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Clean Synthesis as Environmentally Friendly Chemistry

  • Colin J. Suckling
Conference paper
Part of the NATO ASI Series book series (volume 2)

Abstract

I grew up in the North of England not far from major centres of chemical manufacture on Merseyside. On sites adjacent to these factories it was common to see brightly coloured sediments: greens, presumably copper, yellows, perhaps chromates, and reds, probably from iron(III) salts were all visible. These deposits together with characteristic smells have contributed to giving the chemical industry its low public esteem and today, more sophisticated objections couched in molecular scientific terms are common. Much of what causes concern comes from an era of the chemical industry now passed. Chemistry, although a mature science, is far from being exhausted in providing solutions to environmental problems and moreover to developing new reactions and processes with today’s environmental concerns in mind from the beginning of research. This is not just a matter for the attention of the industrialist; it is quintessentially what academic research is about: the development of ideas and the creation of opportunities. Therefore I shall not be concerned with whether a particular product or material in a given application is itself environmentally friendly or acceptable nor shall I consider so-called ‘end of the pipe’ solutions to current pollution problems. Others in this book deal strongly with these aspects. The discussion in this paper derives from a report prepared for two of the then Research Councils in the UK by myself and colleagues from the University of Strathclyde defining themes for research in clean synthesis as part of a Clean Technology Initiative (Suckling et. al., 1992). I have prepared the text in such a way as to make as much of the discussion as possible accessible to non-expert chemists. Clean up can be clearly contrasted with clean synthesis. The essence of clean synthesis is that the reactions are designed so that clean up is simply not necessary.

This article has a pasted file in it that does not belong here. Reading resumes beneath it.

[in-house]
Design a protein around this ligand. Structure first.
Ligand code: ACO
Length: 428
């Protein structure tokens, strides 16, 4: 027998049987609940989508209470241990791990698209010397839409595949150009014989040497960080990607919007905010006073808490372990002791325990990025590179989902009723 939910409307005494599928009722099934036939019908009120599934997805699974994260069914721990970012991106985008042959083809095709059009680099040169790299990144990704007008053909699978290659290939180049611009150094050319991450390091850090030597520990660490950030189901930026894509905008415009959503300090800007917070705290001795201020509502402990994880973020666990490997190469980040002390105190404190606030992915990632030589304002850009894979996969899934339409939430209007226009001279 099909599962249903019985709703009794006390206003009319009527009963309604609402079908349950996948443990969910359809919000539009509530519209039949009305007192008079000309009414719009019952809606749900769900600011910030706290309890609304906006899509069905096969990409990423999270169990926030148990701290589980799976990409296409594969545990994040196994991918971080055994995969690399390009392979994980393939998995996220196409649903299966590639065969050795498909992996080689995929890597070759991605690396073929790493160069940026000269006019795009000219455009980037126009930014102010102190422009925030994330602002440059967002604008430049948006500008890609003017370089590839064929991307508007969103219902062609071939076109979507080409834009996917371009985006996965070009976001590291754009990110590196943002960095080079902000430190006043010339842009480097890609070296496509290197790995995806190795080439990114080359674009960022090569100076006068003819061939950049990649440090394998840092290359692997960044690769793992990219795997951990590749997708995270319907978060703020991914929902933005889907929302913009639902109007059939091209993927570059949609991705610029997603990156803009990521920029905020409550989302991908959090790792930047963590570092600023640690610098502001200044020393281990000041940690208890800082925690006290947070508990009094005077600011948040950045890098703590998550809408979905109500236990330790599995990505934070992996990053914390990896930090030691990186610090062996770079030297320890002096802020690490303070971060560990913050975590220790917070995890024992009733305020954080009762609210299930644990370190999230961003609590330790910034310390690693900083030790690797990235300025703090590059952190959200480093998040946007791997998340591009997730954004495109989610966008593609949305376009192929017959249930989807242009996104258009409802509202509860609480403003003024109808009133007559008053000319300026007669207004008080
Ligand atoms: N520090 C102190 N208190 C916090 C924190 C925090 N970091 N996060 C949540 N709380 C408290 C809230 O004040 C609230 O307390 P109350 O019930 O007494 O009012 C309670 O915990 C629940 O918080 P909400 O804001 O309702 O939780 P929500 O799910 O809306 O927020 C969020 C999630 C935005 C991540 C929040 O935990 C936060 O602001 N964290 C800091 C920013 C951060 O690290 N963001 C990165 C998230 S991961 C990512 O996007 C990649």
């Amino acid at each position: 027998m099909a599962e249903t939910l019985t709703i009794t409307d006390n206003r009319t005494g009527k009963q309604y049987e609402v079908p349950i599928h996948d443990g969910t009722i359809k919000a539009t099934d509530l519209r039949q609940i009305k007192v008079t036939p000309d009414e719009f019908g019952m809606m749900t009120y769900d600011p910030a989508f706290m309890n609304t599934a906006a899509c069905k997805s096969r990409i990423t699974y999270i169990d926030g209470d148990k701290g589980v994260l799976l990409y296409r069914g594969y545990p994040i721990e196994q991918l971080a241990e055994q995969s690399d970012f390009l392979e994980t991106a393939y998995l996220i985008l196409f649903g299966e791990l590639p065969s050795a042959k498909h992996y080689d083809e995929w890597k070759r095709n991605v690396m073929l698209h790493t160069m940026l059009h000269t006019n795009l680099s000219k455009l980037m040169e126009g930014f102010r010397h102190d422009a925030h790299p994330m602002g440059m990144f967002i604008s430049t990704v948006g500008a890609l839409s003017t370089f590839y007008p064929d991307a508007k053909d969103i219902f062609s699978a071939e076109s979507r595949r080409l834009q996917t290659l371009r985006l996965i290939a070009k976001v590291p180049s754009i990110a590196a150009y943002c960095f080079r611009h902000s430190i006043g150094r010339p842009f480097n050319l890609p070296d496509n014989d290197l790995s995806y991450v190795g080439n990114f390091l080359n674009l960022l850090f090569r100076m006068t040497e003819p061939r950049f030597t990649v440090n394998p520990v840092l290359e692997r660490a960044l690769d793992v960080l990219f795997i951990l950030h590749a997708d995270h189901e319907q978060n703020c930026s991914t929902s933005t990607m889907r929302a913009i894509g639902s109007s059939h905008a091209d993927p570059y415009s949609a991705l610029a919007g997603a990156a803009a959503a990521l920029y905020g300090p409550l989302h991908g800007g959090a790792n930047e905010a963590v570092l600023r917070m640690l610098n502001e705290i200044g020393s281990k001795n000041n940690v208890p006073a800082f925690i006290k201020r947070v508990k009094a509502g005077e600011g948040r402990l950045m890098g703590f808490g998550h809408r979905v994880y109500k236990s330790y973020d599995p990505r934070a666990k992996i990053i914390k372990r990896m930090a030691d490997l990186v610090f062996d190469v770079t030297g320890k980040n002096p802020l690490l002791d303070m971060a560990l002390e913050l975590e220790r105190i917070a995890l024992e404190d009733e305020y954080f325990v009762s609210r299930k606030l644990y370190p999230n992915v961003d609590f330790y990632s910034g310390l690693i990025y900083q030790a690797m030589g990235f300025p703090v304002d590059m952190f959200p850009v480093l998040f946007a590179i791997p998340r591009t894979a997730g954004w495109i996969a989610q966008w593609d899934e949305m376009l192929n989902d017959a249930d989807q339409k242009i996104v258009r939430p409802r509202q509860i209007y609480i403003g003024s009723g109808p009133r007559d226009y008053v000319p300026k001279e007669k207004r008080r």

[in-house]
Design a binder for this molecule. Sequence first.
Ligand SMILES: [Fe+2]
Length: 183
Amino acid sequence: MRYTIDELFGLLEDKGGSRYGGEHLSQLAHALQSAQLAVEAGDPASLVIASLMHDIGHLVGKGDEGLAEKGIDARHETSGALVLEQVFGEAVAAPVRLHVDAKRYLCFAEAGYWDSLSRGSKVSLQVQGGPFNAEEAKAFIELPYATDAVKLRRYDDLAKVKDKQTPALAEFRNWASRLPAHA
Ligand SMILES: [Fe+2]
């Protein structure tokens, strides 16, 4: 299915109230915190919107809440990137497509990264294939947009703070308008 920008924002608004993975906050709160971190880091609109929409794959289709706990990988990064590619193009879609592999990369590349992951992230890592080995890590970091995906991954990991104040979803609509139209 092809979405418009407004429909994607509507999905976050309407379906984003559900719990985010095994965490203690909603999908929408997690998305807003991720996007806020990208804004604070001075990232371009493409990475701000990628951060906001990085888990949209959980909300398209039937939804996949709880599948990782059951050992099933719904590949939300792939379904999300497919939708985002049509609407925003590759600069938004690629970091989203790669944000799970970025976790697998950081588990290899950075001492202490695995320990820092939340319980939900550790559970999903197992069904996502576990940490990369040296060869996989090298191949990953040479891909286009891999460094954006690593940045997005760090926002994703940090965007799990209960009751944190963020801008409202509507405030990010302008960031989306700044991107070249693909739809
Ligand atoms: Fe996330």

Keywords

Catalytic Antibody Anhydrous Aluminium Chloride Selective Epoxidation Diels Alder Clean Chemistry 
These keywords were added by machine and not by the authors. This process is experimental and the keywords may be updated as the learning algorithm improves.

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Copyright information

© Springer-Verlag Berlin Heidelberg 1995

Authors and Affiliations

  • Colin J. Suckling
    • 1
  1. 1.Department of Pure and Applied ChemistryUniversity of StrathclydeGlasgowScotland

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